If you maintain a 25% calorie deficit, add the calories you burn while hiking, and take into consideration the fact that you’ll easily burn more fat because you’re (probably) not a high level athlete, it’s safe to conclude that you can burn AT MINIMUM (not average) 4 pounds, but more like 4-6 pounds per month.
However, the more often you hike the more weight you’re likely to lose.
It may not seem like a lot. But multiply 5 x 12 months and you get a total weight loss of 60 pounds in one year. That’s a very radical transformation for any individual.
How Many Calories Are Burned While Hiking
Once again, this question does not have a universal answer, but we can get a pretty accurate understanding of how many calories a person burns based off of their total body weight.
I borrowed the following table from Healthline, which takes into consideration how many calories a person burns an hour according to their respective weight and the steepness of a trail.
|1–5% grade||6–15% grade|
|120 pounds (55 kg)||292||440|
|150 pounds (68 kg)||360||544|
|180 pounds (82 kg)||435||656|
|210 pounds (95 kg)||504||760|
|240 pounds (109 kg)||578||872|
|270 pounds (123 kg)||652||984|
How To Accelerate Weight Loss While Hiking
If you want to increase the quantity of calories you burn when you go hiking, try the following tips.
- Add more weight to your backpack so as long as you don’t feel discomfort or back pain. Carrying more weight on the trail will require your body to produce more energy, and as we already know, more energy means more calories burned. If you’re planning a short hike and don’t need a backpack I highly suggest investing in a weighted vest. A weighted vest will distribute the weight more comfortably throughout your upper body but still force you to burn more calories.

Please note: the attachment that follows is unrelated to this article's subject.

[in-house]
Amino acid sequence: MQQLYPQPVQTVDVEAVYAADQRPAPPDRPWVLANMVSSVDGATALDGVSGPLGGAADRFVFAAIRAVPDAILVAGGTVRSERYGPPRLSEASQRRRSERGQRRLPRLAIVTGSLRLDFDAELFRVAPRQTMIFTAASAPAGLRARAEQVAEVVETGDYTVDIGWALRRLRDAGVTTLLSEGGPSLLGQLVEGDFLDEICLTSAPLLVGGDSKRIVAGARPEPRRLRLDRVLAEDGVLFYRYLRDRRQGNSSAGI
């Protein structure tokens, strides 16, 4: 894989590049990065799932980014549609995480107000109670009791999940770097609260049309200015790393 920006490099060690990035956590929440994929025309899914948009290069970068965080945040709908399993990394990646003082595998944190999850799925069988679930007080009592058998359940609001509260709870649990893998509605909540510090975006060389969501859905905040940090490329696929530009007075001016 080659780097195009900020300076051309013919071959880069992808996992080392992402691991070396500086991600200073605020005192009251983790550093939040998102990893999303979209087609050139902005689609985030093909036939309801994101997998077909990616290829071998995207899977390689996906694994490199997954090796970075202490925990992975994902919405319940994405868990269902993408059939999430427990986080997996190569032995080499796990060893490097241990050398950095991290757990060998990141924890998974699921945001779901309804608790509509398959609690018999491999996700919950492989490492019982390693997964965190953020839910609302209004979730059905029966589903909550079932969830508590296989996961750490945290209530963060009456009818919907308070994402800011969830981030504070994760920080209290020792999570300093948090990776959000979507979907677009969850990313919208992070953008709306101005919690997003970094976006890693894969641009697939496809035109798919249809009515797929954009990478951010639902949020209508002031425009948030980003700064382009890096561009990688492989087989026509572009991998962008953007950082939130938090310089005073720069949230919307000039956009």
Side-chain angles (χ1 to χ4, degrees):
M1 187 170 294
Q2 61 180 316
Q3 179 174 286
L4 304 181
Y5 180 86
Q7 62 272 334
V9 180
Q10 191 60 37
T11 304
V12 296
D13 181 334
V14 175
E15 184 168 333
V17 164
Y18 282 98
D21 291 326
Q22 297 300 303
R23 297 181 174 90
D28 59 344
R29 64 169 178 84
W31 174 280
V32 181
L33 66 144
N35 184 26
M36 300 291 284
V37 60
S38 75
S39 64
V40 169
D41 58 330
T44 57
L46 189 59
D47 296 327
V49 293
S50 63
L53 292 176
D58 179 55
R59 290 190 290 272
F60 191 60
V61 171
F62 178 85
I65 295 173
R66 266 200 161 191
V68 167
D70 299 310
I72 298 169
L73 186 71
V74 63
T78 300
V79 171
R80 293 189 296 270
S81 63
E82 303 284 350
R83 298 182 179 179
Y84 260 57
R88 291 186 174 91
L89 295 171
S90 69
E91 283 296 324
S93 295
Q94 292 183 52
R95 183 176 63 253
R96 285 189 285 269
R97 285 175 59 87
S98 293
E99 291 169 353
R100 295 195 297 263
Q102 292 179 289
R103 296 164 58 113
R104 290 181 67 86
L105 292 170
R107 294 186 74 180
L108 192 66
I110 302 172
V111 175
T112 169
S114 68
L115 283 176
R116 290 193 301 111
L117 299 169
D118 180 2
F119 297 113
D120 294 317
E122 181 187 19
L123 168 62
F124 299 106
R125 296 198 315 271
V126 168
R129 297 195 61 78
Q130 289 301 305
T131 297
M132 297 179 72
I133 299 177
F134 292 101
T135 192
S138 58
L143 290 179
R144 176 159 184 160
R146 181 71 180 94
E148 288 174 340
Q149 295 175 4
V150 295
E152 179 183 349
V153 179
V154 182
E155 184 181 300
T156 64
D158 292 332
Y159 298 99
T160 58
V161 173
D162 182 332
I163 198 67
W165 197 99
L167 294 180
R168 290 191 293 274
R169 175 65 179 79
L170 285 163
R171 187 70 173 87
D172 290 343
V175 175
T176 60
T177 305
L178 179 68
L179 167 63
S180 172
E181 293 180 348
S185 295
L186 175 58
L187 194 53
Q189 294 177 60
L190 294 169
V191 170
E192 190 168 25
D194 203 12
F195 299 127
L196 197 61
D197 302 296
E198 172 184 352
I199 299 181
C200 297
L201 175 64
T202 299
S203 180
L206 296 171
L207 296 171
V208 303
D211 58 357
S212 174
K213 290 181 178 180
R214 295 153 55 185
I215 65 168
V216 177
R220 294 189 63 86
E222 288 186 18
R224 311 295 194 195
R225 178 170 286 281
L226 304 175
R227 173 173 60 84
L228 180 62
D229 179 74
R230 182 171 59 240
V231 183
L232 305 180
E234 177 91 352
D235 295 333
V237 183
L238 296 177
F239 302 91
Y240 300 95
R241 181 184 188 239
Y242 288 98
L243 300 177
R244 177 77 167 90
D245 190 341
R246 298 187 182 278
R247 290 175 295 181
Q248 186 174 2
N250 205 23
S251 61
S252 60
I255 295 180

- Choose steep trails to hike. I prefer hiking steep trails over adding more weight to my backpack for various reasons. First of all, steep trials get your heart pumping, which means you’re also improving your cardiovascular system. But if that’s not enough, adding more weight to your backpack can potentially cause unnecessary stress to your knees in the long run. If you can, choose steep trails over more weight.
- Hike faster! One way to increase the intensity of any exercise is to perform it faster. If you hike just a tad bit faster than your normal average speed, you’ll notice yourself breaking a sweat. That’s because you’re using more calories to move more quickly.
- The last tip I have for you if you want to burn more calories on your hikes is to simply choose longer hikes! The longer you’re out hiking, the more calories you’re going to burn.
I hope this post has helped you grasp a good understanding of the correlation between hiking and weight loss. If you have any questions, feel free to email me at firstname.lastname@example.org. I’ll get back to you ASAP!
Also, feel free to check out this other post I wrote regarding hiking and muscle building.
More Hiker’s Ed